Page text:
Fake news vs satire: A dataset and analysis (2018)
Social media platforms have a moral obligation to prevent the spread of fake news, while still allowing users to freely share satire. This can only be achieved using advanced content filters. Golbeck et (many, many) al. compiled a dataset of fake news and satire, and built a simple classifier that can tell the two types of stories apart.
Why it matters
While fake news isn’t a completely new phenomenon, its impact on society at large has increased significantly in the past few years. This is partially due to social media like Facebook, Twitter, and YouTube, which facilitate the spread of fake news.
To combat fake news at web-scale, we need a way to automatically distinguish fake news from other types of information.
This is not an easy task. Let’s first look at the definition of fake news:
Fake news is information, presented as a news story that is factually incorrect and designed to deceive the consumer into believing it is true.
Now let’s look at things that are not fake news:
- Satire presents information as news and contains false information, but isn’t actually intended to deceive;
- Legitimate news stories may unintentionally contain factual errors;
- Legitimate, factually correct news stories that cover a topic that’s disliked by certain parties and therefore labelled as “fake news”.
Because we only want to prevent the spread of real fake news, an automated classifier must be able to tell fake news and satirical articles apart.
How the study was conducted
The authors first created a dataset that consists of recent fake news and satirical articles about American politicsYou can find the dataset on GitHub. Articles are selected from many different sources to reduce the chance that topics discussed in the articles or a particular publication’s writing style would affect the classifier. Articles that are not clearly fake newsi.e., easily rebutted and clearly deceptive (x)or satire are excluded from the dataset for a similar reason.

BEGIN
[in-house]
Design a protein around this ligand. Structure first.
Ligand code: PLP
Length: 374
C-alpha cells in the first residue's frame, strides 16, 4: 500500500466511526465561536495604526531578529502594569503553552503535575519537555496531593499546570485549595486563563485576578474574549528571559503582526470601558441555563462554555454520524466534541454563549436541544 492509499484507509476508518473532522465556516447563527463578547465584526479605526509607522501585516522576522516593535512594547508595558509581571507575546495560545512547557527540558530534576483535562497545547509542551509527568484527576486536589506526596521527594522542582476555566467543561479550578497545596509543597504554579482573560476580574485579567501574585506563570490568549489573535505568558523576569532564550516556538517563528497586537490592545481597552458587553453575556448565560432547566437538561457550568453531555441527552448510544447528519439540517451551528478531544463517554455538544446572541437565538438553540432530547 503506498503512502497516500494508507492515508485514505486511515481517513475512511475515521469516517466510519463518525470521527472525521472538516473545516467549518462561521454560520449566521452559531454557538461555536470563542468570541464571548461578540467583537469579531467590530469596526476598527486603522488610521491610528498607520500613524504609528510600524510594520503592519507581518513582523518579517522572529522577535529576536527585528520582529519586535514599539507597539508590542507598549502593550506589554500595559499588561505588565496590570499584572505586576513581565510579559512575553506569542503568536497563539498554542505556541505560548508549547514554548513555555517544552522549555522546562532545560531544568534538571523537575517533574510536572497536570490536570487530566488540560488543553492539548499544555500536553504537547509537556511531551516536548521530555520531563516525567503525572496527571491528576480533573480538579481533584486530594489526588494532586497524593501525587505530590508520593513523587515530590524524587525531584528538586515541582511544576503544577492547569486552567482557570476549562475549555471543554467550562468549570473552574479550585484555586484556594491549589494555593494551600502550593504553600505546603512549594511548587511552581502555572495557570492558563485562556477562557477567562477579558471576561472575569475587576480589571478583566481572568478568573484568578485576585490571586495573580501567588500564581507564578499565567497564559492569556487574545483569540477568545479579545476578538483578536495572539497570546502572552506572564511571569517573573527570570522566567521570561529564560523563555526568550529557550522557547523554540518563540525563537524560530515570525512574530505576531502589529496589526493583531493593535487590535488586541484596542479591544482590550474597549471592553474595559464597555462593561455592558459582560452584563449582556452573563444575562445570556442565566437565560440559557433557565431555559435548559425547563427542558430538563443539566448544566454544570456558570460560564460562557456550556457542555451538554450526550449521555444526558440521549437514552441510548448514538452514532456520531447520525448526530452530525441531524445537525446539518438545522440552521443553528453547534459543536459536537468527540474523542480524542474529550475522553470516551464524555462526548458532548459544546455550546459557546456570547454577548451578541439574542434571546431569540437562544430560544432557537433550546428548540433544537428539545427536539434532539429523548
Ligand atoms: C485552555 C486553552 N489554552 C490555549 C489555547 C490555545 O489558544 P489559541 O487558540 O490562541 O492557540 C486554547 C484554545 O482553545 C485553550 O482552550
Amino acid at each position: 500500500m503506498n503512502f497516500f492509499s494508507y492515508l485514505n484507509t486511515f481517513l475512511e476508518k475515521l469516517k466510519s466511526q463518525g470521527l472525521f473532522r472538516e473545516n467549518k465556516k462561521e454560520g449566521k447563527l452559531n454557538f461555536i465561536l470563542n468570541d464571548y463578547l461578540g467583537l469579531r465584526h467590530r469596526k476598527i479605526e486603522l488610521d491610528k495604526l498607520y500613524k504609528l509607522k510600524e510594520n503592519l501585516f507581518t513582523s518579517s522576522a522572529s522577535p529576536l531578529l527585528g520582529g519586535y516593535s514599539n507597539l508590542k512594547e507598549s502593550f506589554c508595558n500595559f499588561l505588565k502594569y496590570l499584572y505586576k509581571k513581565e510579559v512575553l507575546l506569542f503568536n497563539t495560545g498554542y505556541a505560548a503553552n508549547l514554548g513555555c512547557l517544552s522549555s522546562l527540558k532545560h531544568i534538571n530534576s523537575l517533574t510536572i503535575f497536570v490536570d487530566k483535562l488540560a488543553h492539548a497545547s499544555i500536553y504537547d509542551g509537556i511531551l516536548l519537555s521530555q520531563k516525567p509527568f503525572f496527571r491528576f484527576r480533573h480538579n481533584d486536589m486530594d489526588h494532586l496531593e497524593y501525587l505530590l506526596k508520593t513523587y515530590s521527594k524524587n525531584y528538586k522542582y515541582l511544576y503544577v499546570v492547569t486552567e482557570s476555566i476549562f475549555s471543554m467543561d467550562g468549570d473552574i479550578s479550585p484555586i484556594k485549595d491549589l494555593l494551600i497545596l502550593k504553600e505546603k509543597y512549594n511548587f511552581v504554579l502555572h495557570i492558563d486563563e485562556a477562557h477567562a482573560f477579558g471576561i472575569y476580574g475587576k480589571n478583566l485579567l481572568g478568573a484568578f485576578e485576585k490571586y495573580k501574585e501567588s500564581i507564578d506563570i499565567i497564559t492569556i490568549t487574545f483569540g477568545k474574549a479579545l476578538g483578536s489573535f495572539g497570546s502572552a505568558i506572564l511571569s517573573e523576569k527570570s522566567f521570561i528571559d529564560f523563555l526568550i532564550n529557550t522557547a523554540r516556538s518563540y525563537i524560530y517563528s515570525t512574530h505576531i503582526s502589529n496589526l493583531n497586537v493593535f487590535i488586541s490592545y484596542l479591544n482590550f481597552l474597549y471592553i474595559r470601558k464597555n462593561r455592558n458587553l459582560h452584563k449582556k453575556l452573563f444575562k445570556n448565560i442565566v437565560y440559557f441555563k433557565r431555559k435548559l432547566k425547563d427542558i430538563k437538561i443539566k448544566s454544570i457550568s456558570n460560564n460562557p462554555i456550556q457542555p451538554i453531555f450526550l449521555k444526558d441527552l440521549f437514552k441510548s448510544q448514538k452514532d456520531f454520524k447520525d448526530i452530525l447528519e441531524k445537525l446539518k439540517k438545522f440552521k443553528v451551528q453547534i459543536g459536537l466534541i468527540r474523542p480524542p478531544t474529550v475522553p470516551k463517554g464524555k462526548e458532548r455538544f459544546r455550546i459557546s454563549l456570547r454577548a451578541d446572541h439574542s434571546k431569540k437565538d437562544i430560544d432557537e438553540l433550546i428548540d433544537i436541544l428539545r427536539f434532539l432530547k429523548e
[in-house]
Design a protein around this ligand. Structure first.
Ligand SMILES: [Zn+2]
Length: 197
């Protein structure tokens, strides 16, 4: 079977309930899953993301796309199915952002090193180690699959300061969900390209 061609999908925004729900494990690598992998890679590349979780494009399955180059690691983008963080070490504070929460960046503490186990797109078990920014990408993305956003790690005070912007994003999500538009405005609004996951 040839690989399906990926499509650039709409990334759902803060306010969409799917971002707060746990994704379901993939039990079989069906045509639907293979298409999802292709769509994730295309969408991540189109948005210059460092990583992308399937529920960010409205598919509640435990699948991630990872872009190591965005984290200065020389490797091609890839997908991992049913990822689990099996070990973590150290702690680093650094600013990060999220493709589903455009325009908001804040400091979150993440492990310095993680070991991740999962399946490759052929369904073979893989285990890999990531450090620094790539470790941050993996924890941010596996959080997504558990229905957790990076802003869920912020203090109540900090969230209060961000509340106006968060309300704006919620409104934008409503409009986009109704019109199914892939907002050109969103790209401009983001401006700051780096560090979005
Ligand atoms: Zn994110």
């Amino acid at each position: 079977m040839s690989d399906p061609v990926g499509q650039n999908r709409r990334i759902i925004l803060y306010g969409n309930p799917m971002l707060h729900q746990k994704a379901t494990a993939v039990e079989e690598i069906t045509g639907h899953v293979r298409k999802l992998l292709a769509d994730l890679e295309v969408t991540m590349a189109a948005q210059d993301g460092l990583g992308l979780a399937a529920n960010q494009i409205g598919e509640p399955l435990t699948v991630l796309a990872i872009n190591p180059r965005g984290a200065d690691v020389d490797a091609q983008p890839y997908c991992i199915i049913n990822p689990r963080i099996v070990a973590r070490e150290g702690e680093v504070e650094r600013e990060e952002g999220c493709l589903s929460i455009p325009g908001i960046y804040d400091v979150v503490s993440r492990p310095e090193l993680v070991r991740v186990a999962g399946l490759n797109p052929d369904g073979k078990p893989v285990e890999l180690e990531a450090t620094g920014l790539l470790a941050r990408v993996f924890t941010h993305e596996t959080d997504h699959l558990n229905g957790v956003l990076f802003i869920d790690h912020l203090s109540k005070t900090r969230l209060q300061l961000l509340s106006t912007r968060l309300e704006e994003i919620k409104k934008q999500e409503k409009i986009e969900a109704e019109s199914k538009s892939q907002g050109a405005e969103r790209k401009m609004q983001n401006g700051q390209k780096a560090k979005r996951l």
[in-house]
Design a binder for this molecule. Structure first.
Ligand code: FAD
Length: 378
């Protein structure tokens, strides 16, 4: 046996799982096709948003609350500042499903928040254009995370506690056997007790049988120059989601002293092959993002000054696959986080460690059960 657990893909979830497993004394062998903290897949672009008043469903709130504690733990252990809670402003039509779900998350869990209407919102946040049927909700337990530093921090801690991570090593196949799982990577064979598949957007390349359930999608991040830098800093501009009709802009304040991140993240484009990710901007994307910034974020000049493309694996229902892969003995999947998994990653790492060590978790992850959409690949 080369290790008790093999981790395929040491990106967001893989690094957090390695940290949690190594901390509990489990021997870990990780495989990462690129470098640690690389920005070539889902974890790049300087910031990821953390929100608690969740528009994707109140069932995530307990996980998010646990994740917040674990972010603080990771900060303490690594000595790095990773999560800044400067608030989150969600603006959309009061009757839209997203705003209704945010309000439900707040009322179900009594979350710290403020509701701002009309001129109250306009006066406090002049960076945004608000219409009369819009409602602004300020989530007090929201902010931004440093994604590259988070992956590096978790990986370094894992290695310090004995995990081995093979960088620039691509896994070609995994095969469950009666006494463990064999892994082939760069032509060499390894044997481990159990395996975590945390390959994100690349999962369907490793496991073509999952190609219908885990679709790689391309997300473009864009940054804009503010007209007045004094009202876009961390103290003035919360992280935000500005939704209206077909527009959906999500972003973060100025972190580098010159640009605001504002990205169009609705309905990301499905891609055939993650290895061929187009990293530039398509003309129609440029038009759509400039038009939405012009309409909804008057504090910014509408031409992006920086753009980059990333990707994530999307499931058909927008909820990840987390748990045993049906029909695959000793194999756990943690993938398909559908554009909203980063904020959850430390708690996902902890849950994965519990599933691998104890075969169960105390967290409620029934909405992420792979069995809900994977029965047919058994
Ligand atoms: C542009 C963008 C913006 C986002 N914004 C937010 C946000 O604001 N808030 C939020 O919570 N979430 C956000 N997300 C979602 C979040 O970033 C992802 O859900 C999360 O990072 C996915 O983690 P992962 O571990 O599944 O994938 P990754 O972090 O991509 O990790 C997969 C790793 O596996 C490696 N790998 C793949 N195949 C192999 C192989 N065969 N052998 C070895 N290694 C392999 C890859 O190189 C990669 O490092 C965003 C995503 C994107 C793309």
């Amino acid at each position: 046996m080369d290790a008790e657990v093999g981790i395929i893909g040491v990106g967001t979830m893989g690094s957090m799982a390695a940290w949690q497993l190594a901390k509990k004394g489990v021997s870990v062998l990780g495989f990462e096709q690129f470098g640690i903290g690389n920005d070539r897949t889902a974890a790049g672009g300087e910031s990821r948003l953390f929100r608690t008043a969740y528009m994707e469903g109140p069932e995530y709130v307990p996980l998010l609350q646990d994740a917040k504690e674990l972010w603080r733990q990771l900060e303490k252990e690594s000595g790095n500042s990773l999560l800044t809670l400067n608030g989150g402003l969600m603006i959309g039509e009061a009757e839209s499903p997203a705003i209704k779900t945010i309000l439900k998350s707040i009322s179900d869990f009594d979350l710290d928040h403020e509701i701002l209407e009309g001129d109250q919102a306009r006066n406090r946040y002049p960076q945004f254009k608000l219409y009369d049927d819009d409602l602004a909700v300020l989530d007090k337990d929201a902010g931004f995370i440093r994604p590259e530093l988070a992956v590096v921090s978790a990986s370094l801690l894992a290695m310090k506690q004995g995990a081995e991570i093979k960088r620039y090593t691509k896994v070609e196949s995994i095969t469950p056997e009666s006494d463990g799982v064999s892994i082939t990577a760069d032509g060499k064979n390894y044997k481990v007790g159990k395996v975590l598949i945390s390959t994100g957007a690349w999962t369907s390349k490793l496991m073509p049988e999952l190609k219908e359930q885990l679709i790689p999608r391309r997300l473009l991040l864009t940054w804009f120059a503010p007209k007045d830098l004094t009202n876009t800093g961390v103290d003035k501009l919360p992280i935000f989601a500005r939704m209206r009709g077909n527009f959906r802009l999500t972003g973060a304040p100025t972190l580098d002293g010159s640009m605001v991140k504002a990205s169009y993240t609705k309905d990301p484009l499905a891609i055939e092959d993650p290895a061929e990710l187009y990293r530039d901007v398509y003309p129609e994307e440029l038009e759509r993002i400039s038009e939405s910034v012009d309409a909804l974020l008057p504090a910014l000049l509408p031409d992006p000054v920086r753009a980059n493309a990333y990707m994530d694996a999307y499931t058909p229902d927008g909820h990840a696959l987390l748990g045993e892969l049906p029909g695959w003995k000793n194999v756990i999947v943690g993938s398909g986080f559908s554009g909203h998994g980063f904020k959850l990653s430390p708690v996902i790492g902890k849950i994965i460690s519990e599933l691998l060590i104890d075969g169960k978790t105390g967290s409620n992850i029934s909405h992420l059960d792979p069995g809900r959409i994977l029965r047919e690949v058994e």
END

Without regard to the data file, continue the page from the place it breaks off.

To find differences in language (the vocabulary that’s used), the authors represented each article as a simple word vector that’s labelled either “Fake” or “Satire”. A model was trained using a multinomial naive Bayes classifier and tested using 10-fold cross validation.
Then, the authors created a list of themes that appeared throughout the dataset:
- Hyperbolic positions against one person or group;
- Hyperbolic position in favour of one person or group;
- Discrediting a normally credible source;
- Sensationalist crimes and violence;
- Racist messaging;
- Paranormal theories; and
- Conspiracy theories.
After manually labelling each article in the dataset using these themes, the authors performed an analysis of the correlations between them.
What discoveries were made
The multinomial naive Bayes classifier manages to achieve an accuracy of 79.1%, which suggests that there are clear differences in the language used between fake news and satire.
More than two-thirds of all articles take hyperbolic positions against a person, while conspiracy theories appear in almost 30% of all articles, of which most are fake news stories. Sensationalist crimes are another theme that appears more often in fake news than in satire. Paranormal themes on the other hand, are more common in satire.
Fake news stories tend to have more themes than satirical articles. The overall most common pairing of themes was formed by hyperbolic criticism and conspiracy theories, e.g. articles about President Obama’s birth certificate.
When the authors subsequently added themes to the word vectors, they discovered that the word vectors can also be used to determine the presence of certain themes in an article.